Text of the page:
It has been an extended period since we last provided job-security rankings for those who coach or manage the Timberwolves, Twins, Vikings and Wild. Much has changed in that time — including some of the individuals who run the teams — so as the New Year approaches who is in trouble and who isn’t worrying?
Here’s the new rankings from most to least secure:
Rocco Baldelli, Twins: No worries
There is a benefit to being 0-0 and never having managed a game. Paul Molitor’s replacement will have plenty of time to get things turned around and won’t be under any immediate pressure. In other words, nothing to see here. At least not at this point.
Mike Zimmer, Vikings: No immediate concerns
Coming off a 13-3 season and a run to the NFC title game, the Vikings opened this season with big expectations after signing free agent quarterback Kirk Cousins to a three-year, $98 million. Thus far, the Vikings have fallen short.
Minnesota is 7-6-1 entering their final two regular-season games and hold the sixth and final playoff spot in the NFC. There was some thought that Zimmer’s job might be in jeopardy — although not from this corner — but owner Zygi Wilf told reporters Sunday after the Vikings beat Miami that Zimmer and general manager Rick Spielman were in no jeopardy of being jettisoned.
Zimmer certainly has some faults, including his inability to keep offensive coordinators around, but the 62-year-old is an outstanding defensive coach and brings far more positives than negatives to the job. It will help Zimmer in a big way if interim offensive coordinator Kevin Stefanski, who replaced the fired John DeFilippo after a loss in Seattle two weeks ago, proves to be the permanent solution at the job.
Zimmer looked like a smarter coach when Pat Shurmur did such a great job running the Vikings’ offense in 2017 before he was named head coach of the New York Giants. Can Stefanski become Shurmur 2.0?
The Vikings are likely headed to the playoffs for the third time in five seasons. A quick ouster from the playoffs, or missing the postseason, will make Zimmer’s seat warmer heading into 2019 but that’s about it.
Bruce Boudreau, Wild: Victim of circumstances?
This is a tough one because Boudreau is a very good coach who has consistently gotten his teams to the playoffs.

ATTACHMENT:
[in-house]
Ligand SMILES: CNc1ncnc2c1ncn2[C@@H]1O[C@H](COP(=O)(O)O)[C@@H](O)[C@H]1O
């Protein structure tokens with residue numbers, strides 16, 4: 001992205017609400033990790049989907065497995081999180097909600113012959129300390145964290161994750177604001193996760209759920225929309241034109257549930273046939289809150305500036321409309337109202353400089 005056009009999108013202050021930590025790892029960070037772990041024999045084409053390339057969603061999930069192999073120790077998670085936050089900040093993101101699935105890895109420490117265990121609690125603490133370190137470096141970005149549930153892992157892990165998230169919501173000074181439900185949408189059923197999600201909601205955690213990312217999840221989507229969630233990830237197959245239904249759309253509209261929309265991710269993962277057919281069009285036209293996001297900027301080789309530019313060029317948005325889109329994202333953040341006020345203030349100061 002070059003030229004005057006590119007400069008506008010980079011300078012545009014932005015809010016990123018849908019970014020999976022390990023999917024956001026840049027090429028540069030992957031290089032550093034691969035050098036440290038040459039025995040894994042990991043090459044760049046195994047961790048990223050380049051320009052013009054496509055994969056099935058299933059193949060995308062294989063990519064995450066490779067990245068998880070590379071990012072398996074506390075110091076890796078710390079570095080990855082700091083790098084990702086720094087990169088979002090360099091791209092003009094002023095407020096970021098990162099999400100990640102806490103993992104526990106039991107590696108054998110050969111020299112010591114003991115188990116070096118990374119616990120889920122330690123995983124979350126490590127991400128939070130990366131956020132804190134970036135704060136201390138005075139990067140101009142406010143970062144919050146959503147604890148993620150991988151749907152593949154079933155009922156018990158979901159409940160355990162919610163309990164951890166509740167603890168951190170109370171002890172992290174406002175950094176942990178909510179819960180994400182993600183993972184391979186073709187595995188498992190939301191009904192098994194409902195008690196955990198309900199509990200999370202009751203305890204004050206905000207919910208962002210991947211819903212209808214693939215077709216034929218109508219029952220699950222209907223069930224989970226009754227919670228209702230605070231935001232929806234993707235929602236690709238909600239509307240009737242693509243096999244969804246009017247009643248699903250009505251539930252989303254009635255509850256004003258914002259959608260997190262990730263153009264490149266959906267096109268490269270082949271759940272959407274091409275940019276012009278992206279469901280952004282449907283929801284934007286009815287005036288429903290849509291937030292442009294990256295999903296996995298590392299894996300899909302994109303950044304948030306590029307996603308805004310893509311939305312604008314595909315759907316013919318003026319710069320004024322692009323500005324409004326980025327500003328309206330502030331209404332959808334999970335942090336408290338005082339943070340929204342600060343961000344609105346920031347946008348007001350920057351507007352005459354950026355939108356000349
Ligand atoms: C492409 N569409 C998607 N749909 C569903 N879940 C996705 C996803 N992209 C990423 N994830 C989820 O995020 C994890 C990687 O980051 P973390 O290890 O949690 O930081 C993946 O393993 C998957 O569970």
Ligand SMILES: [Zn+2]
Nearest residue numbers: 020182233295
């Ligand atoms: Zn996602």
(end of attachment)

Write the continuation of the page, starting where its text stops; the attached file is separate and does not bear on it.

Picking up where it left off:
Now in his third season in Minnesota, Boudreau was brought in by former general manager Chuck Fletcher in May 2016 with the expectation that he could take the Wild on the type of playoff run that former coach Mike Yeo couldn’t. That hasn’t proven to be the case — the Wild were eliminated in the first round of the playoffs in each of Boudreau’s first two seasons — and he is now working for a new boss.
Paul Fenton is in his first year as the Wild’s general manager and he has spent the season observing the franchise. That includes his head coach. The Wild are currently sitting three points out of the eighth and final playoff spot in the Western Conference and have lost 10 of their past 16 games.
It was interesting that during the offseason Fenton elected not to retain assistant coach John Anderson, one of Boudreau’s best friends, and instead hired Dean Evason. Evason had been coach of the Milwaukee Admirals, who are the AHL affiliate of the Predators, and Fenton was GM of that team during his time in Nashville’s front office.
While the Wild’s slump certainly can’t be pinned solely on Boudreau, one has to figure that at some point Fenton is going to want to put his mark on this organization. That means making trades and potentially bringing in his own coach.
That might not be fair but it’s the nature of the business.
Tom Thibodeau, Wolves: Going, going …
Things have settled down since the Jimmy Butler debacle ended with the All-Star being traded to Philadelphia in November, but that doesn’t mean the Wolves’ president of basketball operations and head coach has saved his job.
The feeling is that in order for that to happen, Thibodeau isn’t going to just have to guide the Wolves to a second consecutive playoff appearance but also likely win a round. That seems like an extreme long shot for a team that fell to 14-17 after blowing a 14-point lead Wednesday night in a loss to Detroit at Target Center.
The Wolves are 2.5 games out of a postseason spot in the Western Conference but are behind five other non-playoff teams. Thibodeau appears to have gotten a nice return for Butler in Robert Covington and Dario Saric but the situation was handled so poorly before the trade was made that it went a long way toward sabotaging the season.
The Wolves were 4-9 with Butler on the roster — remember, he was picking and choosing the games in which he would play — and are 10-8 since the deal.
The reality is the Wolves likely aren’t going to be a playoff team and owner Glen Taylor will be looking for a new basketball boss and head coach this offseason.